(Short-term rainfall averages are also calculated and stored for historical weather data.)
In terms of climate, it is used to help determine how much or little precipitation is expected during a specific season or time of year in a particular region.
3) Wind Speed, Direction, And Frequency Averages
Wind is not just a result of weather and climate, but a main driving force of weather systems across the world. Therefore, it is crucial to constantly keep a record of winds and the resulting weather conditions, wherever and whenever it occurs.
In terms of weather, recorded wind speed, direction & frequency averages are used, not only in forecasts to indicate wind tendencies in the coming days or week but also the resulting weather events.
(Short-term wind averages are also calculated and stored for historical weather data.)
In terms of climate, it is used to help determine how wind averages will influence and drive weather systems in the future during a specific season or time of year in a particular region.
4) Humidity Averages
Humidity is not such an obvious and tangible weather element or variable as temperature, rainfall, and wind tendencies, but plays just as an important role to the meteorologist and climatologist.
Without repeating everything that was already said about the other variables, the same applies to the recording and use of humidity averages.
If you are unfamiliar with humidity and the role it plays in weather and climate, you can find all the information in this article.
These are just a few examples of how the averages of weather elements are used in different ways by the weather and climate.
It can be a bit confusing, and you may have to read a few sentences and statements a couple of times before it makes.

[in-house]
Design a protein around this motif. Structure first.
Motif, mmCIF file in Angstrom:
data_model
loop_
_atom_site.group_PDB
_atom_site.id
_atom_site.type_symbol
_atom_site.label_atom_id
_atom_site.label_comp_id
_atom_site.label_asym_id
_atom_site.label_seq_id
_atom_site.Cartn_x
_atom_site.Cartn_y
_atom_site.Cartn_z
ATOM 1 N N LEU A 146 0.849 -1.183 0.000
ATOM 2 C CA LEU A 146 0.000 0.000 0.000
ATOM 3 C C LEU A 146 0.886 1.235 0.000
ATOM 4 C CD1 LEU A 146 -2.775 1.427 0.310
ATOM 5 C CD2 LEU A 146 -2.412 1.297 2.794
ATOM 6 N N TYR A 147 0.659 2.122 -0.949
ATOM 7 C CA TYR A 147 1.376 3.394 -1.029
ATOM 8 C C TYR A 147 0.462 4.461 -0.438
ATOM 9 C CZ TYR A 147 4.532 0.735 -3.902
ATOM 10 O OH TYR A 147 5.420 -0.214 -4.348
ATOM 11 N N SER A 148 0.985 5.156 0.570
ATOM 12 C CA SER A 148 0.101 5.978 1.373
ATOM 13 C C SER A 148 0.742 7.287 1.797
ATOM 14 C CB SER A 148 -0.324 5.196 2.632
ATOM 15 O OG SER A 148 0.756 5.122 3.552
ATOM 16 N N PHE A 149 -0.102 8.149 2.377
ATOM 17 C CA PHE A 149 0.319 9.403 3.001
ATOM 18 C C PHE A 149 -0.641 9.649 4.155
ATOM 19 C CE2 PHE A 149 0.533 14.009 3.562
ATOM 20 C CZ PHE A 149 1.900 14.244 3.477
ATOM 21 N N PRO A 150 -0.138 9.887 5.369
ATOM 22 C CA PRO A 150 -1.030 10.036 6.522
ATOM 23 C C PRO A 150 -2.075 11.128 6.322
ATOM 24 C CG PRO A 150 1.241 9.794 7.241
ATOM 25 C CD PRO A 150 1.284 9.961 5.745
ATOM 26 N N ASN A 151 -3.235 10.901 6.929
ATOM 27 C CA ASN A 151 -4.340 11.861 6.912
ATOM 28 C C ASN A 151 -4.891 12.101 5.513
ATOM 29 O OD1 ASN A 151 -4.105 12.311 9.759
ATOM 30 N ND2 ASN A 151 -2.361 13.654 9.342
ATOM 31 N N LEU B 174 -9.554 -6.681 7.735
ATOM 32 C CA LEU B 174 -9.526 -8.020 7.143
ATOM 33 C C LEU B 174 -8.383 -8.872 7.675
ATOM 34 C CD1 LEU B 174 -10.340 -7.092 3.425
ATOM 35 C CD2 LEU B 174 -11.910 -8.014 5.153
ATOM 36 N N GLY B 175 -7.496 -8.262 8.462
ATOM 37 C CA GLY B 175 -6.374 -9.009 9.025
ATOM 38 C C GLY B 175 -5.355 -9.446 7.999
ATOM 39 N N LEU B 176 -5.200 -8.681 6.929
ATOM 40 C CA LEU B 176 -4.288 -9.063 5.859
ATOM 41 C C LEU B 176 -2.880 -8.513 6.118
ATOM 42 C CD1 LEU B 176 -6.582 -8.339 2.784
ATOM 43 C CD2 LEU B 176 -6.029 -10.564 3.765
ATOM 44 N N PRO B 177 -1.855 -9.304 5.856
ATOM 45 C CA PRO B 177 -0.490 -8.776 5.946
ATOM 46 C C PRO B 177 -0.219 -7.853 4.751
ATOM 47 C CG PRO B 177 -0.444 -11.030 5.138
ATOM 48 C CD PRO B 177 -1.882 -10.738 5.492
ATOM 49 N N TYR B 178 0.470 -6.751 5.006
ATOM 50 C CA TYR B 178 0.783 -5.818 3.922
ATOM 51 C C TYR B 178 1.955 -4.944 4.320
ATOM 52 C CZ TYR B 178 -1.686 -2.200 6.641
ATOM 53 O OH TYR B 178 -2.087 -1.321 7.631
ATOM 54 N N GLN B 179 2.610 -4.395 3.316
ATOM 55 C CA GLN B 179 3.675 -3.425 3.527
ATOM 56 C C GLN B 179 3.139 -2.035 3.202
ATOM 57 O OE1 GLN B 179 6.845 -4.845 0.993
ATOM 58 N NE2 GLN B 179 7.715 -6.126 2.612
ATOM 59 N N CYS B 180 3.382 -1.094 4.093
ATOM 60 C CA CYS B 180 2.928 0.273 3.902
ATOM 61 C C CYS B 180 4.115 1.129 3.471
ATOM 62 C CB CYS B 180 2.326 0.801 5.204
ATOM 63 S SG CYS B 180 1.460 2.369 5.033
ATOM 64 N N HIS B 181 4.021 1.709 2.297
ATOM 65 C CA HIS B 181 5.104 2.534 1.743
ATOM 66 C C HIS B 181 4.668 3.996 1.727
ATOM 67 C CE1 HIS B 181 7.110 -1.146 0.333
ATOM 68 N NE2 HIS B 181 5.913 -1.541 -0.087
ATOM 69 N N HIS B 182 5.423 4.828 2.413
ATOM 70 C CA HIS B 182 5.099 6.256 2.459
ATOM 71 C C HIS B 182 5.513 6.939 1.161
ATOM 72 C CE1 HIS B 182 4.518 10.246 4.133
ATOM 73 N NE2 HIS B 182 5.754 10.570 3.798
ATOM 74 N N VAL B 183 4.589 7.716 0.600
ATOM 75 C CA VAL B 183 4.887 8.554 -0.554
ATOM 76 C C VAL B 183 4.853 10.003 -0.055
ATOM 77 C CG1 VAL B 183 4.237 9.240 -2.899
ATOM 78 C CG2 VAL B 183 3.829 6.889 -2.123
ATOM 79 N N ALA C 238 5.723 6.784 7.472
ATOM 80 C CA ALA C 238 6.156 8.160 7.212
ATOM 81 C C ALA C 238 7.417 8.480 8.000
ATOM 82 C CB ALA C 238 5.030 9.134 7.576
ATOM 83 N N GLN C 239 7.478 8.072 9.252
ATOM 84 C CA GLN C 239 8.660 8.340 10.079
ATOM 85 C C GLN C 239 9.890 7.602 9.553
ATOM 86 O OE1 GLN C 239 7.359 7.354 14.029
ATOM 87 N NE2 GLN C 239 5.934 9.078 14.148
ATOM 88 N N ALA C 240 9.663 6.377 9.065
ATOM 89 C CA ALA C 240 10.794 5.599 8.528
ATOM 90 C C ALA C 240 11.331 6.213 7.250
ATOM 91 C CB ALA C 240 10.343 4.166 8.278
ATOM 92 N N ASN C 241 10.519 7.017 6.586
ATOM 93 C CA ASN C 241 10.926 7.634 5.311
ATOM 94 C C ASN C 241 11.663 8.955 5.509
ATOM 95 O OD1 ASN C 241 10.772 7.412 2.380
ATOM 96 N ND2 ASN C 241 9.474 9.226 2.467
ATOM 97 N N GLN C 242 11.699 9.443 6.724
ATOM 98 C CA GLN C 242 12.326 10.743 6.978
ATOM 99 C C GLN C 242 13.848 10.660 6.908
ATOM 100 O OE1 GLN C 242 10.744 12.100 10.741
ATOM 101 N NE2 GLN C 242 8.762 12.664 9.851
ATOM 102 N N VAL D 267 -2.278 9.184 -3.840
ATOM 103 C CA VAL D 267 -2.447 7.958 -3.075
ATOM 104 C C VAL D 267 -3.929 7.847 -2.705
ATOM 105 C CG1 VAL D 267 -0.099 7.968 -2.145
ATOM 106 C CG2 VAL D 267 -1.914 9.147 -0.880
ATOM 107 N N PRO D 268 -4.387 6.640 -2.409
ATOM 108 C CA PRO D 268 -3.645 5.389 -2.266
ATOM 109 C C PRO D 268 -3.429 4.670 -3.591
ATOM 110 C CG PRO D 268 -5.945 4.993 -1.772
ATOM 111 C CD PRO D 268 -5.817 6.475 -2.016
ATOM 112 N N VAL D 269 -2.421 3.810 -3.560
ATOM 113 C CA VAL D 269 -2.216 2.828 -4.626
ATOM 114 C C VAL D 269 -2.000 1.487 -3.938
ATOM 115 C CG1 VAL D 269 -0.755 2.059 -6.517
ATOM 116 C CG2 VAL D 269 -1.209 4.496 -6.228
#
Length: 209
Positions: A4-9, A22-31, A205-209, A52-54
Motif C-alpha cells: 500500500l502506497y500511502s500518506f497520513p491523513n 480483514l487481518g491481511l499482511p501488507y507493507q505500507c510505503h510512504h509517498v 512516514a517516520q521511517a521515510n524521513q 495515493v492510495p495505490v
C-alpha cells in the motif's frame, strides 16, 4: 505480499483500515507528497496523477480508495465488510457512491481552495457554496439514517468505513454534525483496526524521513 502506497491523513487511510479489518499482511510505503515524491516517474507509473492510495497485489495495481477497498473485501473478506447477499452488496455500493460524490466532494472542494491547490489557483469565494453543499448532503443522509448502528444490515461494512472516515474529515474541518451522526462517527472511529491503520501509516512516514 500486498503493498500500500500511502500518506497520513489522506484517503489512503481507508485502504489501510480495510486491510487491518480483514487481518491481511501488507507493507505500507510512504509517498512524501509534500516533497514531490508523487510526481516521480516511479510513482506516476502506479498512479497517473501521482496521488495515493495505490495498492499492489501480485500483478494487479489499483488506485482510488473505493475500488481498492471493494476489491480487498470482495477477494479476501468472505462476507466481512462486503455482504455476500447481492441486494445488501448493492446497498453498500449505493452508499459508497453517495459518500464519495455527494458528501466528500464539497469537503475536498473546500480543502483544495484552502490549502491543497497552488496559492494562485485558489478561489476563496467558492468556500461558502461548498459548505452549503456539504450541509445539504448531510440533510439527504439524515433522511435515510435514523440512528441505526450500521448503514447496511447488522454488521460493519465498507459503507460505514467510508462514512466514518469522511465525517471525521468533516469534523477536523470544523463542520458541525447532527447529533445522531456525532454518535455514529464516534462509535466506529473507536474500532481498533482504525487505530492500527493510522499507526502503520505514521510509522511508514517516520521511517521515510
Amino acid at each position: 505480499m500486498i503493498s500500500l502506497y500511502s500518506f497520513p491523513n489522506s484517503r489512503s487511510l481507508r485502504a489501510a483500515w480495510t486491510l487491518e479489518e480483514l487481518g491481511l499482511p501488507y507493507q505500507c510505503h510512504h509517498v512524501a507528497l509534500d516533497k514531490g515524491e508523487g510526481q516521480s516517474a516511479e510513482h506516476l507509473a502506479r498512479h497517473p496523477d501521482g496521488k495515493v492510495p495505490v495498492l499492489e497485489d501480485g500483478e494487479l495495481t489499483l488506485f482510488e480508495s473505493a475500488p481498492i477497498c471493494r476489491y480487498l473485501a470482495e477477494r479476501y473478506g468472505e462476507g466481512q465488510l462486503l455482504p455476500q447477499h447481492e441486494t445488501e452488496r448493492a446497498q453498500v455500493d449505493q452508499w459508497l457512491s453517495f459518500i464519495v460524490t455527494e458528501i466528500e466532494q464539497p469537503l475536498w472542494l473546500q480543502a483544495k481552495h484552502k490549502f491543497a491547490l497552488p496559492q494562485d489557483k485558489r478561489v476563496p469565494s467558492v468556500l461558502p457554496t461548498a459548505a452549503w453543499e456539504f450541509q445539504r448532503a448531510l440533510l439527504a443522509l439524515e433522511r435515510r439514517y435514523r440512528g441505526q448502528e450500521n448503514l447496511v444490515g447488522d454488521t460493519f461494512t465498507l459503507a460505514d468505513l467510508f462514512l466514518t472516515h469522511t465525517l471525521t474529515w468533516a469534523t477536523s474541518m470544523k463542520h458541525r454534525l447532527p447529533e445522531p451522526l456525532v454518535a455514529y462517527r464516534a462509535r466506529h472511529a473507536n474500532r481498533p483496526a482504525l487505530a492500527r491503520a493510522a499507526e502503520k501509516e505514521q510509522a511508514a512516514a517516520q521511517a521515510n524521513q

It will be worth it, though, as it will help you better understand how these different averages are used differently in the context of weather and climate.
Expectations And Outcome
There are a LOT of similarities between weather and climate, as you would have noticed throughout this article.
It is no wonder and should come as no surprise that so many people are completely confused about the difference between the two or even concluded that they are essentially the same thing.
There is one very effective way of telling the difference between weather and climate, which is a brilliant explanation of distinguishing between the two:
"Climate is what you expect. Weather is what you get."
That sums it up! This short statement can be explained as follows:
Decades of weather data gathering and calculations help meteorologists to create a prediction of what the general weather conditions will be like during particular seasons or how it will change in the future.
In other words, they create an expectation.
When present-day weather forecasts are made, you experience the actual weather on a specific day or during a particular season. It may be on par or deviate from what the general climate conditions for the region may indicate.
This is the actual weather outcome or "what you get."
This should help to make things more understandable. It will also help to explain the heading of this section. The best way I can capture it in my words...
"Climate creates an expectation. Weather is the actual outcome."
These two explanations will help to summarize and define the real big difference between weather and climate. I think any more explanations or examples will just cause more confusion than really helping.
I hope after reading this article, you will have a clear understanding of the difference between weather and climate. I also highlighted why these differences exist and the different purposes each one serves.
Yes, they are similar in many ways. They can also seem to contradict each other, which is not the case. As I just said, they serve very different purposes.
The most important thing to remember is that, although they are different and serve different purposes, they are both part of the same overarching study of meteorology. They work to complement and not work against each other.
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Until next time, keep your eye on the weather!